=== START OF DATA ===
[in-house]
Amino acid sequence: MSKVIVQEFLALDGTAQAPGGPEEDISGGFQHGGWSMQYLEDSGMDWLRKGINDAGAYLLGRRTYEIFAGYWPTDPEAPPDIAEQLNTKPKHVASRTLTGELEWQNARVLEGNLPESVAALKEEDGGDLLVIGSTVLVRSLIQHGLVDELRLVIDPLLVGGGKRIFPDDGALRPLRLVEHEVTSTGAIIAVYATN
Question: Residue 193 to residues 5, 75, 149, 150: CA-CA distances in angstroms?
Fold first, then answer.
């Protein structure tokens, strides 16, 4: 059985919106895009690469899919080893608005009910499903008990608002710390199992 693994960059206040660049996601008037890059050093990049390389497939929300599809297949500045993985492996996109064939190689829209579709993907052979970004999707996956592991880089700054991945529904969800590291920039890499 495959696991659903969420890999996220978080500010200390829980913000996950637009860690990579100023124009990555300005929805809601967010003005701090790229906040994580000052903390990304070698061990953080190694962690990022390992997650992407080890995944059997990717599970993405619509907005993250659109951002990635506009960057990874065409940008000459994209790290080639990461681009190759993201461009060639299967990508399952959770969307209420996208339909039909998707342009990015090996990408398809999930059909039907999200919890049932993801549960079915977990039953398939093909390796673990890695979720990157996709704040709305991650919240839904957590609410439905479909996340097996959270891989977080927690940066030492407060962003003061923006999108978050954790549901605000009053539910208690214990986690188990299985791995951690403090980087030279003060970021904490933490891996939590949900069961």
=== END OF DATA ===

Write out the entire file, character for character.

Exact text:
[in-house]
Amino acid sequence: MSKVIVQEFLALDGTAQAPGGPEEDISGGFQHGGWSMQYLEDSGMDWLRKGINDAGAYLLGRRTYEIFAGYWPTDPEAPPDIAEQLNTKPKHVASRTLTGELEWQNARVLEGNLPESVAALKEEDGGDLLVIGSTVLVRSLIQHGLVDELRLVIDPLLVGGGKRIFPDDGALRPLRLVEHEVTSTGAIIAVYATN
Question: Residue 193 to residues 5, 75, 149, 150: CA-CA distances in angstroms?
Fold first, then answer.
């Protein structure tokens, strides 16, 4: 059985919106895009690469899919080893608005009910499903008990608002710390199992 693994960059206040660049996601008037890059050093990049390389497939929300599809297949500045993985492996996109064939190689829209579709993907052979970004999707996956592991880089700054991945529904969800590291920039890499 495959696991659903969420890999996220978080500010200390829980913000996950637009860690990579100023124009990555300005929805809601967010003005701090790229906040994580000052903390990304070698061990953080190694962690990022390992997650992407080890995944059997990717599970993405619509907005993250659109951002990635506009960057990874065409940008000459994209790290080639990461681009190759993201461009060639299967990508399952959770969307209420996208339909039909998707342009990015090996990408398809999930059909039907999200919890049932993801549960079915977990039953398939093909390796673990890695979720990157996709704040709305991650919240839904957590609410439905479909996340097996959270891989977080927690940066030492407060962003003061923006999108978050954790549901605000009053539910208690214990986690188990299985791995951690403090980087030279003060970021904490933490891996939590949900069961």